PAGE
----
Gopher snakes make for beneficial rodent control

Brian Sapp holds a large gopher snake found on his property in Anza. Anza Valley Outlook/Diane Sieker photo

The misunderstood gopher snake is actually one of the best forms of natural rodent control that exists in the Anza Valley. With their stealthy manner and lightning quick strikes, mice, rats, squirrels and rabbits are on high alert when the serpents are on the hunt.

Their common name, gopher snake, refers to their taste for gophers. They also love eggs, much to the chagrin of poultry keepers as they discover the reptiles swallowing their birds’ eggs right out of the nest.

The local gopher snake species, Pituophis catenifer, is a large reptile, averaging an adult length of 48 to 66 inches. They are white, yellow or light gray with brown, dark or red blotches and stripes. The coloration helps hide them in the grass and shrubbery where they hunt. Their varied patterns also cause people to mistake them for rattlesnakes.

However, gopher snakes are usually longer and thinner than rattlesnakes. A gopher snake’s head is narrow and rounded, not rectangular like the dreaded rattlers. Like most nonvenomous snakes in the United States, gopher snakes have round pupils and are not vertical like the pupils of rattlesnakes.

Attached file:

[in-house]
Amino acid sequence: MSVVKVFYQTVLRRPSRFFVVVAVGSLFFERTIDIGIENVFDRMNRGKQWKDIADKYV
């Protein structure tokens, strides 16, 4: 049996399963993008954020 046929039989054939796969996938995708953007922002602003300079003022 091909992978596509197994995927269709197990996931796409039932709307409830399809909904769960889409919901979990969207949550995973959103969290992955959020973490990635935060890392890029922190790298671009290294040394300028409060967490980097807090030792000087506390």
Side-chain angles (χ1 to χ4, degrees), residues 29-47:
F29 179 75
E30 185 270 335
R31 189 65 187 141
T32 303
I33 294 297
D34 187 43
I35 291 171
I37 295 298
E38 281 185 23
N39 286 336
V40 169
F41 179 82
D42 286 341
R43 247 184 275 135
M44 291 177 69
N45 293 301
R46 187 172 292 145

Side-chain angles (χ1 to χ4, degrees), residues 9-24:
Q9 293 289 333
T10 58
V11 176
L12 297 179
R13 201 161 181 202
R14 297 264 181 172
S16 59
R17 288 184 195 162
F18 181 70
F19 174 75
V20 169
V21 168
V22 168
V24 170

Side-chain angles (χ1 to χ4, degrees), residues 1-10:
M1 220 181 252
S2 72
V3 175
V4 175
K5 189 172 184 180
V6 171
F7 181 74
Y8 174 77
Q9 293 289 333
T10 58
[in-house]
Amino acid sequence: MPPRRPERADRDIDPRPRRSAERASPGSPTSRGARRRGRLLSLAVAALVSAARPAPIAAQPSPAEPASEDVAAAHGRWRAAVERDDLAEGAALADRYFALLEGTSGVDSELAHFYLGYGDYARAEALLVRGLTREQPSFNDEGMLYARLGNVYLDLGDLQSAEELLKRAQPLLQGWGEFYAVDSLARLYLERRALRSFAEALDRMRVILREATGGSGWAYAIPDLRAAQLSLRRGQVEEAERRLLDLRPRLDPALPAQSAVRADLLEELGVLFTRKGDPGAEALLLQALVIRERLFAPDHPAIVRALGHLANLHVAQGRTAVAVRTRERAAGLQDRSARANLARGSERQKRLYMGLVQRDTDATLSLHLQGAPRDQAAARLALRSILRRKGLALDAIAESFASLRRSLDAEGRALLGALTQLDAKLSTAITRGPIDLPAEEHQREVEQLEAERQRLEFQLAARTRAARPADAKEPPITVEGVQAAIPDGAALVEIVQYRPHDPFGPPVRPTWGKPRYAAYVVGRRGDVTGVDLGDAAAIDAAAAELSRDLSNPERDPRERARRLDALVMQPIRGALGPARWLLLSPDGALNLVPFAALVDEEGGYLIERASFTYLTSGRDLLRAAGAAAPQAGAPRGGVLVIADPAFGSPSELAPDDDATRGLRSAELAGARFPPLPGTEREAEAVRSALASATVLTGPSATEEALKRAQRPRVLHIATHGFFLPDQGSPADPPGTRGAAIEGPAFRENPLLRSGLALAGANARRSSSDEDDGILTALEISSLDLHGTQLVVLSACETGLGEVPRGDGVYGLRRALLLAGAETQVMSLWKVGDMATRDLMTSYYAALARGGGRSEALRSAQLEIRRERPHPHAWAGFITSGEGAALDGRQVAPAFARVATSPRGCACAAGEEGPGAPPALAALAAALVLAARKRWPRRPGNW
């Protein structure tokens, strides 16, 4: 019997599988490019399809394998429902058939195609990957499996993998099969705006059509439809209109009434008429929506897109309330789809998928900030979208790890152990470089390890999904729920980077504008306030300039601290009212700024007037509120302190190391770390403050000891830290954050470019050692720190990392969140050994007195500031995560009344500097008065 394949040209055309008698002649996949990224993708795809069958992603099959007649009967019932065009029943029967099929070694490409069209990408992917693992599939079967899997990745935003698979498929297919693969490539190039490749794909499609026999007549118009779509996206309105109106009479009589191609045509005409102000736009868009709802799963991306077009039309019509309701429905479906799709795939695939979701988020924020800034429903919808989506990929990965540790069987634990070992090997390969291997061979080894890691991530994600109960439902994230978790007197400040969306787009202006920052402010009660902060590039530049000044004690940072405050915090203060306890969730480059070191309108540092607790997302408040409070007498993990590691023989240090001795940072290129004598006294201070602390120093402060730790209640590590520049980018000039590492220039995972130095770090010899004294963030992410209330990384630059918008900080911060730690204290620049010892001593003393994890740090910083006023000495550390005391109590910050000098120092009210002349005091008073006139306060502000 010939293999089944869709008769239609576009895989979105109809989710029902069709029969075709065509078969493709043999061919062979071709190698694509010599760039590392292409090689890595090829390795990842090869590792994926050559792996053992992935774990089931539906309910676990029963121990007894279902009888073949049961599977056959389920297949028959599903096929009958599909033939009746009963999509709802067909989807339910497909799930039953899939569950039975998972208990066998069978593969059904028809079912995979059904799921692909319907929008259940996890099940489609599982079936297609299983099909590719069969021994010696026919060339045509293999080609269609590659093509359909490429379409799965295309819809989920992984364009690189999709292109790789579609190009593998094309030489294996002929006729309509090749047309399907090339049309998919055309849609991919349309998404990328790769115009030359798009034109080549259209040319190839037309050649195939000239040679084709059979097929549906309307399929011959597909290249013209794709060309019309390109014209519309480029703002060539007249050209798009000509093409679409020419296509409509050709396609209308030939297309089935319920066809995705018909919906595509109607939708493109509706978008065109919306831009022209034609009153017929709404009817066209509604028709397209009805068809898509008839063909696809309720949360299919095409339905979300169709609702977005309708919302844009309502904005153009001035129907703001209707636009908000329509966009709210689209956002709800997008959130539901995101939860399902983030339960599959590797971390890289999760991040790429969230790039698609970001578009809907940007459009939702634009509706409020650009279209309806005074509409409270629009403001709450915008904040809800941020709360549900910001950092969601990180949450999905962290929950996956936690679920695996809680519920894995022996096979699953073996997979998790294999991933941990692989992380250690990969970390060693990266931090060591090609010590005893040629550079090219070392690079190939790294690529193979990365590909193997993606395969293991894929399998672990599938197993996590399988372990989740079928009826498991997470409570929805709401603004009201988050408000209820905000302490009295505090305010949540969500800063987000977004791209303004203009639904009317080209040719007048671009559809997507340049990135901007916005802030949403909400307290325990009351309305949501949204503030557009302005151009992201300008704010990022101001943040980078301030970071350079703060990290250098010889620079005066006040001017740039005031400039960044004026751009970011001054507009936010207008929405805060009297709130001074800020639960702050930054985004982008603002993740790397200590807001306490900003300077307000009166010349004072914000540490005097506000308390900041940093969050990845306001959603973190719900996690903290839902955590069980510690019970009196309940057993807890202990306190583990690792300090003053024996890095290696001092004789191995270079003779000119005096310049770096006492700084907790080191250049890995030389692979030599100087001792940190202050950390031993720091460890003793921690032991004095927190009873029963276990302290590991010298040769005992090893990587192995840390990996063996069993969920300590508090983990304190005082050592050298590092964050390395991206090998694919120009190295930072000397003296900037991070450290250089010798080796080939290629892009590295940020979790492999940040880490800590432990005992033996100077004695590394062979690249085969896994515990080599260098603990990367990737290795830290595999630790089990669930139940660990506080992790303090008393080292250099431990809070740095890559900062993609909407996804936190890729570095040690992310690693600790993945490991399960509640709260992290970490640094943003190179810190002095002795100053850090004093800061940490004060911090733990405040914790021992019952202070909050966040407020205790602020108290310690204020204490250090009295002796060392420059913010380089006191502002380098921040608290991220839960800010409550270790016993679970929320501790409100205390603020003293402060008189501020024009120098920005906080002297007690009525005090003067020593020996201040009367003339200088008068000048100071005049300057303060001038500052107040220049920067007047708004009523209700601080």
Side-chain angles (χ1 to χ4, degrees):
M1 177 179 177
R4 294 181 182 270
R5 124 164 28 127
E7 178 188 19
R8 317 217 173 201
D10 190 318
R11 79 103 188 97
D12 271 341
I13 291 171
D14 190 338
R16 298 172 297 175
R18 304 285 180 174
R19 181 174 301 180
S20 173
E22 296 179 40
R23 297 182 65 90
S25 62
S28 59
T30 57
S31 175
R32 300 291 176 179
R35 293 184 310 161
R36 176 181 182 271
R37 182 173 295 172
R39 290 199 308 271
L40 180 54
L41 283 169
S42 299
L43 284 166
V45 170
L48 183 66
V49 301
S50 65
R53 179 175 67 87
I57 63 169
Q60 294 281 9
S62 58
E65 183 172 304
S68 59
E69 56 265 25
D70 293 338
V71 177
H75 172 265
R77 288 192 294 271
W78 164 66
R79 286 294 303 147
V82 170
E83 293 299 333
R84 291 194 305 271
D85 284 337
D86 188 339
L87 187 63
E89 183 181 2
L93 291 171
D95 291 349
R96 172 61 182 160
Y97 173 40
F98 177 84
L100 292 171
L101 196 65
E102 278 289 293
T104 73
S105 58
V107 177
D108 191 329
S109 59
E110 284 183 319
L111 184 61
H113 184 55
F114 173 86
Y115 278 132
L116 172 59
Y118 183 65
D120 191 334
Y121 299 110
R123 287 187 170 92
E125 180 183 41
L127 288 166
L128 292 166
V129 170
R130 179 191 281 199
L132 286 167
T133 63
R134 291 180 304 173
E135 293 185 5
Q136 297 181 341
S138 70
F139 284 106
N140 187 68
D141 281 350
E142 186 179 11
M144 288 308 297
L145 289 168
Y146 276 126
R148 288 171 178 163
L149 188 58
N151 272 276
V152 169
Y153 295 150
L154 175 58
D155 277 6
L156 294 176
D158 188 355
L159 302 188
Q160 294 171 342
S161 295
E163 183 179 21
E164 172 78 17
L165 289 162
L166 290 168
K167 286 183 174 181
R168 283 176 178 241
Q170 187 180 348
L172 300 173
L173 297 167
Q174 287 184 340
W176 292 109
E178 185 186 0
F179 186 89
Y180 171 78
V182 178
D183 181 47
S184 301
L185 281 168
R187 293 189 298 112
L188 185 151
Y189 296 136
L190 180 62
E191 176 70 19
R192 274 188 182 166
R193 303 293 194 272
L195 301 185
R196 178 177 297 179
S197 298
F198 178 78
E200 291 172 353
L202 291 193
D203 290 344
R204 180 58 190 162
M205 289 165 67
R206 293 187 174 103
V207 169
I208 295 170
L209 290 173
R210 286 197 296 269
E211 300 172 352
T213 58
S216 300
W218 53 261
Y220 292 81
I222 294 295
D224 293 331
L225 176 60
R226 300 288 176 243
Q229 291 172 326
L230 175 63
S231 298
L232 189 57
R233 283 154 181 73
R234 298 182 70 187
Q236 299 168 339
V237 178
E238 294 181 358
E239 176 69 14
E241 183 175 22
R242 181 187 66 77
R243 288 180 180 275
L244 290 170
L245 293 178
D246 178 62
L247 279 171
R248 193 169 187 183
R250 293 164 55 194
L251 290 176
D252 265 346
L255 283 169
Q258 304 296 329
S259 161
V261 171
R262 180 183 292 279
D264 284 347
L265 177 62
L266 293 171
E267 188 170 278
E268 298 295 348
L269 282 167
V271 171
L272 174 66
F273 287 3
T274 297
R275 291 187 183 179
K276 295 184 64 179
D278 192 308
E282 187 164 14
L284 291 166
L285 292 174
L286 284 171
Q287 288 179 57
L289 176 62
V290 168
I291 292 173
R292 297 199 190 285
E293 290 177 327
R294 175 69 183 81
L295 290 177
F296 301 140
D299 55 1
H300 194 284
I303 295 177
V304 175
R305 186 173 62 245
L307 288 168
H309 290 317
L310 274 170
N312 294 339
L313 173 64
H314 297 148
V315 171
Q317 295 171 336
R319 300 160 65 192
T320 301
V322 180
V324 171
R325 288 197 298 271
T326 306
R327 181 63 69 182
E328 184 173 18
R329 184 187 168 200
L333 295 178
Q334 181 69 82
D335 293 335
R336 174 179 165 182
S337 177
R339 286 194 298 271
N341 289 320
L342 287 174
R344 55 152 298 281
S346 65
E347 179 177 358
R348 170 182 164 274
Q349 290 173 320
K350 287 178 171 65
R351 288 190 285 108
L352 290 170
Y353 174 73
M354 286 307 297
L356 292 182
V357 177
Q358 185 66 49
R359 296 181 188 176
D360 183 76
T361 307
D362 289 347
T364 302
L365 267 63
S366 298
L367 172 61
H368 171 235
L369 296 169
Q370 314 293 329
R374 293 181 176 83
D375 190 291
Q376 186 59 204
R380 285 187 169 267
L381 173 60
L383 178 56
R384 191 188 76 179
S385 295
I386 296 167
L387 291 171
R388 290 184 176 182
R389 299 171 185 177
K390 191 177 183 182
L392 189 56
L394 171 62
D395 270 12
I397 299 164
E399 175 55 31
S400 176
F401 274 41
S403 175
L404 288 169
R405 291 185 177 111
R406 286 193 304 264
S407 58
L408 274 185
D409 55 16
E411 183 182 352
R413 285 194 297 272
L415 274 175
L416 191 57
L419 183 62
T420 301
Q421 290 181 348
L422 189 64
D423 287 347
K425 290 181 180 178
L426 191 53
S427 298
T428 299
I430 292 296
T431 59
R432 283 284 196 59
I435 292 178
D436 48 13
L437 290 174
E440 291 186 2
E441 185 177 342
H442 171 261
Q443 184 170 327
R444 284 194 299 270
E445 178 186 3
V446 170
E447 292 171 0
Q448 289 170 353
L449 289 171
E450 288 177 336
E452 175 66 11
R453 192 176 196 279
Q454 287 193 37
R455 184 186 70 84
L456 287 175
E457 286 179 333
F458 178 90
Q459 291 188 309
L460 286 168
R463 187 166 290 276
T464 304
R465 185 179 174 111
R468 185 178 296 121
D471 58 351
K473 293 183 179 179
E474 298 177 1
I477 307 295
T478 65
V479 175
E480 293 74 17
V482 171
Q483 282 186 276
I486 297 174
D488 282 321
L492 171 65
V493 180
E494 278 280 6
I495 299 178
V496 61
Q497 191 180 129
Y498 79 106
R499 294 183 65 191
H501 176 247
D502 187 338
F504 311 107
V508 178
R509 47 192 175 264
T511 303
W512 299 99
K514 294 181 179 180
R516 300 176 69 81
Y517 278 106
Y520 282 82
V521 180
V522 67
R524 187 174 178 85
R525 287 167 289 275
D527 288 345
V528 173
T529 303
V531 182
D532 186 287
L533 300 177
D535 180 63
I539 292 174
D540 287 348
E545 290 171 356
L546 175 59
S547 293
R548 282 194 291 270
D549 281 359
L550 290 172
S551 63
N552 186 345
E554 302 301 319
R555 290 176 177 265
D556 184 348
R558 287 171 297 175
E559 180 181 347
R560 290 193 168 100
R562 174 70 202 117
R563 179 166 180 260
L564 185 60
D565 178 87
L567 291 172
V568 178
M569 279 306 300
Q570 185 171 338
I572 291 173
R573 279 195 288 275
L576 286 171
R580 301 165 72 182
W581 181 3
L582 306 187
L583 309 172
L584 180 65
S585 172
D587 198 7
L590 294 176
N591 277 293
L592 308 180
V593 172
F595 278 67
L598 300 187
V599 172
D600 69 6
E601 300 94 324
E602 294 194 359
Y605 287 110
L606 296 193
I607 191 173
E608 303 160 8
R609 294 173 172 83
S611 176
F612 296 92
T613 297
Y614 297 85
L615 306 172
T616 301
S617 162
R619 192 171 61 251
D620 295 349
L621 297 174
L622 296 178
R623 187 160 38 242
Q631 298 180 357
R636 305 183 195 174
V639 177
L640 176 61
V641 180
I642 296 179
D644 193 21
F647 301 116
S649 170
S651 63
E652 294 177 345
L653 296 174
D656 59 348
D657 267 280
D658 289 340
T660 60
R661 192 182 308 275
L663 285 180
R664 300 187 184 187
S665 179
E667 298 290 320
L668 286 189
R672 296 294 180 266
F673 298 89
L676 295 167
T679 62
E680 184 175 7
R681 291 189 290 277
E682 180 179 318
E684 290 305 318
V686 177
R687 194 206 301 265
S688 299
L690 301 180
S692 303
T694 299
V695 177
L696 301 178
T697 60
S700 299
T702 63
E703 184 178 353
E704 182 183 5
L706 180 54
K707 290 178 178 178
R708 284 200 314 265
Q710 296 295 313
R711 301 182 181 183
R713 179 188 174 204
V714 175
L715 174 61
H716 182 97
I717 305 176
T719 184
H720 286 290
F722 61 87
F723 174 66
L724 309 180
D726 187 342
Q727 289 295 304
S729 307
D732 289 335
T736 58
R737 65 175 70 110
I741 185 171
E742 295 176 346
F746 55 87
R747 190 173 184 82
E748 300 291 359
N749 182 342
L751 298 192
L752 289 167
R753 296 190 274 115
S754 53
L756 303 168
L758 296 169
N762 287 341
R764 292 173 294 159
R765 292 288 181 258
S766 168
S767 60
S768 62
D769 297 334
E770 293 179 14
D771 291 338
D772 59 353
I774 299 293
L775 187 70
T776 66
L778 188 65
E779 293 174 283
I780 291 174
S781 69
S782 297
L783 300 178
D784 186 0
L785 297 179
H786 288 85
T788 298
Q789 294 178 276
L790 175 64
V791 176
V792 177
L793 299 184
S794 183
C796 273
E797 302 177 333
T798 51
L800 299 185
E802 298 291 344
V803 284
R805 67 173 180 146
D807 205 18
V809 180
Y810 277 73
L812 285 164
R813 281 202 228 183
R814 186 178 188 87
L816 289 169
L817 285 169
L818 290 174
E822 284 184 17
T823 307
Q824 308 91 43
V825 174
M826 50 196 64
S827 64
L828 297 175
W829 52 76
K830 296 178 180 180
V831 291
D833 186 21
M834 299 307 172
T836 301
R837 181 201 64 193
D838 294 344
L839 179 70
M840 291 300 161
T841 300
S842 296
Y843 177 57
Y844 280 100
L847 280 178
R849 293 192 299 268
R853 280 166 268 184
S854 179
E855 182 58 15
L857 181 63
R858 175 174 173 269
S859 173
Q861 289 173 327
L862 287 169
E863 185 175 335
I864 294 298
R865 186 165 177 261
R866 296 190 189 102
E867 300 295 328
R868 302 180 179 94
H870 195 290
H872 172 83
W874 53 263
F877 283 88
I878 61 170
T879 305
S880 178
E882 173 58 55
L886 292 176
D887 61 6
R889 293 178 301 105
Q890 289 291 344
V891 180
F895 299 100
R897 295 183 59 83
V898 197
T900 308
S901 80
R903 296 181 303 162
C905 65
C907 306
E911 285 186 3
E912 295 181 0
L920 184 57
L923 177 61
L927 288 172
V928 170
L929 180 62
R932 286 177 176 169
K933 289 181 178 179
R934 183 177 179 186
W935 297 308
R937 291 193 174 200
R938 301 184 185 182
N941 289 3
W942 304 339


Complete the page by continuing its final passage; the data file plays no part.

A gopher snake swallows a chicken egg on a farm in Aguanga. Anza Valley Outlook/Diane Sieker photo

Gopher snakes also do not display the heat-sensing facial pits that rattlers and other pit vipers possess and do not have rattles on the end of their tails.

Despite the differences, many gopher snakes want others to think they are the much more dangerous rattlesnake, as they mimic their venomous cousins when threatened by rapidly vibrating their tails, piffing, coiling and hissing loudly.

The gopher snake is one of the most widespread snake species in North America, adapting well to a wide variety of habitats, such as deserts, prairies, brushlands and forests. They hunt small mammals, birds, insects and eggs. Gopher snakes are nonvenomous constrictors, coiling tightly around their prey to subdue it.

In June and August, several females lay their large eggs in the same communal nest in a sheltered location such as under a log. Eggs hatch after around 64-79 days and the hatchlings are on their own to begin hunting small prey. Young Pacific gopher snakes are already 13-17 inches long when they emerge from the egg.

Gopher snakes can be intimidating because of their size and threat displays, but there’s little to fear because they are nonvenomous. In fact, they help keep the rodent population in check and maintain their local ecosystems, according to Stanford University.

Foxes, hawks, roadrunners and coyotes are the most common predators of gopher snakes. King snakes will also prey on them.

These snakes are usually active during the day. They are good climbers and burrowers, creeping down rodent holes seeking their small prey.

Diane Sieker can be reached by email at